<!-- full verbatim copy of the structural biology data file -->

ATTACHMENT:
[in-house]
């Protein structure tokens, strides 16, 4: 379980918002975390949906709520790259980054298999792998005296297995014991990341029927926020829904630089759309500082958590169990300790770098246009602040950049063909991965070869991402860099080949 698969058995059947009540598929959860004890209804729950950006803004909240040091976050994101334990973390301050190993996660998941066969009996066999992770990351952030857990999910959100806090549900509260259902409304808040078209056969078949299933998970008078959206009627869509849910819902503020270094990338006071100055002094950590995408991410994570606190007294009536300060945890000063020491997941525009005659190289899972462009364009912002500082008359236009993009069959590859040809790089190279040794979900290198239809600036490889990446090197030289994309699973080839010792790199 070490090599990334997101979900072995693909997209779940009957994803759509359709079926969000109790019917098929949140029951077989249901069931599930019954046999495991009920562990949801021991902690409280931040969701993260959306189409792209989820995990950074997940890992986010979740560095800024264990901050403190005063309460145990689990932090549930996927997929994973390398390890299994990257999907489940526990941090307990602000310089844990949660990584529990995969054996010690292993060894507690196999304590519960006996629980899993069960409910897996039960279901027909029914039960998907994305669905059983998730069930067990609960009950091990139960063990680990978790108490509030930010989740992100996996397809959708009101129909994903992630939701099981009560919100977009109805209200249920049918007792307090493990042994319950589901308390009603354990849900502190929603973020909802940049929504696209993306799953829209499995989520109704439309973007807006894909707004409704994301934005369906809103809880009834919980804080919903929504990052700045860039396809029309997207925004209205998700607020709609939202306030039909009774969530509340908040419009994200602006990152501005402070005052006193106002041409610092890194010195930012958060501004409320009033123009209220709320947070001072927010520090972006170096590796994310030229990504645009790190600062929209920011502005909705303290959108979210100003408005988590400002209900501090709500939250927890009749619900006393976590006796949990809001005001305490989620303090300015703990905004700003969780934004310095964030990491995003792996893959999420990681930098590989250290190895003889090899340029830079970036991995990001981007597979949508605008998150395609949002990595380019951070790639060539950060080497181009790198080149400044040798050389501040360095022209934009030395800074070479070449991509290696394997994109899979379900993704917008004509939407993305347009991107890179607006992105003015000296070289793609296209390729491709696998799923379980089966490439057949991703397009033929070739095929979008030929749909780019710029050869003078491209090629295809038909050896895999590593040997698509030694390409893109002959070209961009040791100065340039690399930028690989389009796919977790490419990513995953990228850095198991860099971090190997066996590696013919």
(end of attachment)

[in-house]
């Protein structure tokens, strides 16, 4: 379980918002975390949906709520790259980054298999792998005296297995014991990341029927926020829904630089759309500082958590169990300790770098246009602040950049063909991965070869991402860099080949 698969058995059947009540598929959860004890209804729950950006803004909240040091976050994101334990973390301050190993996660998941066969009996066999992770990351952030857990999910959100806090549900509260259902409304808040078209056969078949299933998970008078959206009627869509849910819902503020270094990338006071100055002094950590995408991410994570606190007294009536300060945890000063020491997941525009005659190289899972462009364009912002500082008359236009993009069959590859040809790089190279040794979900290198239809600036490889990446090197030289994309699973080839010792790199 070490090599990334997101979900072995693909997209779940009957994803759509359709079926969000109790019917098929949140029951077989249901069931599930019954046999495991009920562990949801021991902690409280931040969701993260959306189409792209989820995990950074997940890992986010979740560095800024264990901050403190005063309460145990689990932090549930996927997929994973390398390890299994990257999907489940526990941090307990602000310089844990949660990584529990995969054996010690292993060894507690196999304590519960006996629980899993069960409910897996039960279901027909029914039960998907994305669905059983998730069930067990609960009950091990139960063990680990978790108490509030930010989740992100996996397809959708009101129909994903992630939701099981009560919100977009109805209200249920049918007792307090493990042994319950589901308390009603354990849900502190929603973020909802940049929504696209993306799953829209499995989520109704439309973007807006894909707004409704994301934005369906809103809880009834919980804080919903929504990052700045860039396809029309997207925004209205998700607020709609939202306030039909009774969530509340908040419009994200602006990152501005402070005052006193106002041409610092890194010195930012958060501004409320009033123009209220709320947070001072927010520090972006170096590796994310030229990504645009790190600062929209920011502005909705303290959108979210100003408005988590400002209900501090709500939250927890009749619900006393976590006796949990809001005001305490989620303090300015703990905004700003969780934004310095964030990491995003792996893959999420990681930098590989250290190895003889090899340029830079970036991995990001981007597979949508605008998150395609949002990595380019951070790639060539950060080497181009790198080149400044040798050389501040360095022209934009030395800074070479070449991509290696394997994109899979379900993704917008004509939407993305347009991107890179607006992105003015000296070289793609296209390729491709696998799923379980089966490439057949991703397009033929070739095929979008030929749909780019710029050869003078491209090629295809038909050896895999590593040997698509030694390409893109002959070209961009040791100065340039690399930028690989389009796919977790490419990513995953990228850095198991860099971090190997066996590696013919």